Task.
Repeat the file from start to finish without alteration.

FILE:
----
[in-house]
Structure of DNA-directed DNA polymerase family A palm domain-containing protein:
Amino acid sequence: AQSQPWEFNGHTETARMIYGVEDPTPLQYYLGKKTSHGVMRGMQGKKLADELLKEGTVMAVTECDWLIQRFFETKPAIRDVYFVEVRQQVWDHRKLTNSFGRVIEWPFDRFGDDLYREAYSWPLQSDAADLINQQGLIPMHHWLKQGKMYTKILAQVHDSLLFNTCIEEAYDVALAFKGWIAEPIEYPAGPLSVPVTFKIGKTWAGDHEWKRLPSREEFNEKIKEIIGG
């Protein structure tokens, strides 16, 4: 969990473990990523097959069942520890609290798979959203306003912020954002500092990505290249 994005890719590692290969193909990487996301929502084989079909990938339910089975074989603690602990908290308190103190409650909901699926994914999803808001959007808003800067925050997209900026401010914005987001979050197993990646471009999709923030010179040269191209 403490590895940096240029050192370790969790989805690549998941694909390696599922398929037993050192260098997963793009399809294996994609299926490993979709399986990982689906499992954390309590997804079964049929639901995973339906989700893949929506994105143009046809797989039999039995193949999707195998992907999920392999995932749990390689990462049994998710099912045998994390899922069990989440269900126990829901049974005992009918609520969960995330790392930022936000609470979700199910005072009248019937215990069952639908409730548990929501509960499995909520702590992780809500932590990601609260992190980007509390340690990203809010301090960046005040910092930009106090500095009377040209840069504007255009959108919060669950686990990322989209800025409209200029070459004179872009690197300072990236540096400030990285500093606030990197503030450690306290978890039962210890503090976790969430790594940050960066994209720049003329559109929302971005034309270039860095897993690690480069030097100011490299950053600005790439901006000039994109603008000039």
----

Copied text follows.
[in-house]
Structure of DNA-directed DNA polymerase family A palm domain-containing protein:
Amino acid sequence: AQSQPWEFNGHTETARMIYGVEDPTPLQYYLGKKTSHGVMRGMQGKKLADELLKEGTVMAVTECDWLIQRFFETKPAIRDVYFVEVRQQVWDHRKLTNSFGRVIEWPFDRFGDDLYREAYSWPLQSDAADLINQQGLIPMHHWLKQGKMYTKILAQVHDSLLFNTCIEEAYDVALAFKGWIAEPIEYPAGPLSVPVTFKIGKTWAGDHEWKRLPSREEFNEKIKEIIGG
């Protein structure tokens, strides 16, 4: 969990473990990523097959069942520890609290798979959203306003912020954002500092990505290249 994005890719590692290969193909990487996301929502084989079909990938339910089975074989603690602990908290308190103190409650909901699926994914999803808001959007808003800067925050997209900026401010914005987001979050197993990646471009999709923030010179040269191209 403490590895940096240029050192370790969790989805690549998941694909390696599922398929037993050192260098997963793009399809294996994609299926490993979709399986990982689906499992954390309590997804079964049929639901995973339906989700893949929506994105143009046809797989039999039995193949999707195998992907999920392999995932749990390689990462049994998710099912045998994390899922069990989440269900126990829901049974005992009918609520969960995330790392930022936000609470979700199910005072009248019937215990069952639908409730548990929501509960499995909520702590992780809500932590990601609260992190980007509390340690990203809010301090960046005040910092930009106090500095009377040209840069504007255009959108919060669950686990990322989209800025409209200029070459004179872009690197300072990236540096400030990285500093606030990197503030450690306290978890039962210890503090976790969430790594940050960066994209720049003329559109929302971005034309270039860095897993690690480069030097100011490299950053600005790439901006000039994109603008000039």